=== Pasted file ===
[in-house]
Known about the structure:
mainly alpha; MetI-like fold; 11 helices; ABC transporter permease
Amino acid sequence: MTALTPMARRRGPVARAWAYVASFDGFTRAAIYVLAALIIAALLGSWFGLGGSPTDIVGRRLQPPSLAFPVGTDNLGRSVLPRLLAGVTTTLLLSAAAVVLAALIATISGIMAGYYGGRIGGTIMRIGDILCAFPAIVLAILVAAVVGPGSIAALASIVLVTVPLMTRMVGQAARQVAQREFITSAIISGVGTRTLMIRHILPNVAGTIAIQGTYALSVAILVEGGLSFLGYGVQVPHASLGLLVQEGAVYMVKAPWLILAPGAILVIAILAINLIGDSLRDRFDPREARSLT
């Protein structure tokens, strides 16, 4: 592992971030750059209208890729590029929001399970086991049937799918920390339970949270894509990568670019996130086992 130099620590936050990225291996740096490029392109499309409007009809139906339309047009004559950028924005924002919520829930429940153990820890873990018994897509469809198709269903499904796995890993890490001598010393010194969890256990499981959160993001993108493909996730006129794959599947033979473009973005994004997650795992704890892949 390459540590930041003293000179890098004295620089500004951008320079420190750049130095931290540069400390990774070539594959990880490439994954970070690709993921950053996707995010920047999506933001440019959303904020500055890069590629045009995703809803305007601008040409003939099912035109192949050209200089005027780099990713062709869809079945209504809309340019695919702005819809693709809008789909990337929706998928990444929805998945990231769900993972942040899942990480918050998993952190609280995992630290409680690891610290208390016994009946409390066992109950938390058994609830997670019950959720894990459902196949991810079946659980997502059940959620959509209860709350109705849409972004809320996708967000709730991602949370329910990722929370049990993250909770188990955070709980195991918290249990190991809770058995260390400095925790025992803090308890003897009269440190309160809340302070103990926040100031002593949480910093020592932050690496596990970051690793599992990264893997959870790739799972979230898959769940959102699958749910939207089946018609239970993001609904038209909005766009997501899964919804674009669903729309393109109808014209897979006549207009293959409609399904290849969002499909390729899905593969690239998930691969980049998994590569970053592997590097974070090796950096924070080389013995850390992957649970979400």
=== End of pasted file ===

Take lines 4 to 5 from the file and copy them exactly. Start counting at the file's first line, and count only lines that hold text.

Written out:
Amino acid sequence: MTALTPMARRRGPVARAWAYVASFDGFTRAAIYVLAALIIAALLGSWFGLGGSPTDIVGRRLQPPSLAFPVGTDNLGRSVLPRLLAGVTTTLLLSAAAVVLAALIATISGIMAGYYGGRIGGTIMRIGDILCAFPAIVLAILVAAVVGPGSIAALASIVLVTVPLMTRMVGQAARQVAQREFITSAIISGVGTRTLMIRHILPNVAGTIAIQGTYALSVAILVEGGLSFLGYGVQVPHASLGLLVQEGAVYMVKAPWLILAPGAILVIAILAINLIGDSLRDRFDPREARSLT
């Protein structure tokens, strides 16, 4: 592992971030750059209208890729590029929001399970086991049937799918920390339970949270894509990568670019996130086992 130099620590936050990225291996740096490029392109499309409007009809139906339309047009004559950028924005924002919520829930429940153990820890873990018994897509469809198709269903499904796995890993890490001598010393010194969890256990499981959160993001993108493909996730006129794959599947033979473009973005994004997650795992704890892949 390459540590930041003293000179890098004295620089500004951008320079420190750049130095931290540069400390990774070539594959990880490439994954970070690709993921950053996707995010920047999506933001440019959303904020500055890069590629045009995703809803305007601008040409003939099912035109192949050209200089005027780099990713062709869809079945209504809309340019695919702005819809693709809008789909990337929706998928990444929805998945990231769900993972942040899942990480918050998993952190609280995992630290409680690891610290208390016994009946409390066992109950938390058994609830997670019950959720894990459902196949991810079946659980997502059940959620959509209860709350109705849409972004809320996708967000709730991602949370329910990722929370049990993250909770188990955070709980195991918290249990190991809770058995260390400095925790025992803090308890003897009269440190309160809340302070103990926040100031002593949480910093020592932050690496596990970051690793599992990264893997959870790739799972979230898959769940959102699958749910939207089946018609239970993001609904038209909005766009997501899964919804674009669903729309393109109808014209897979006549207009293959409609399904290849969002499909390729899905593969690239998930691969980049998994590569970053592997590097974070090796950096924070080389013995850390992957649970979400």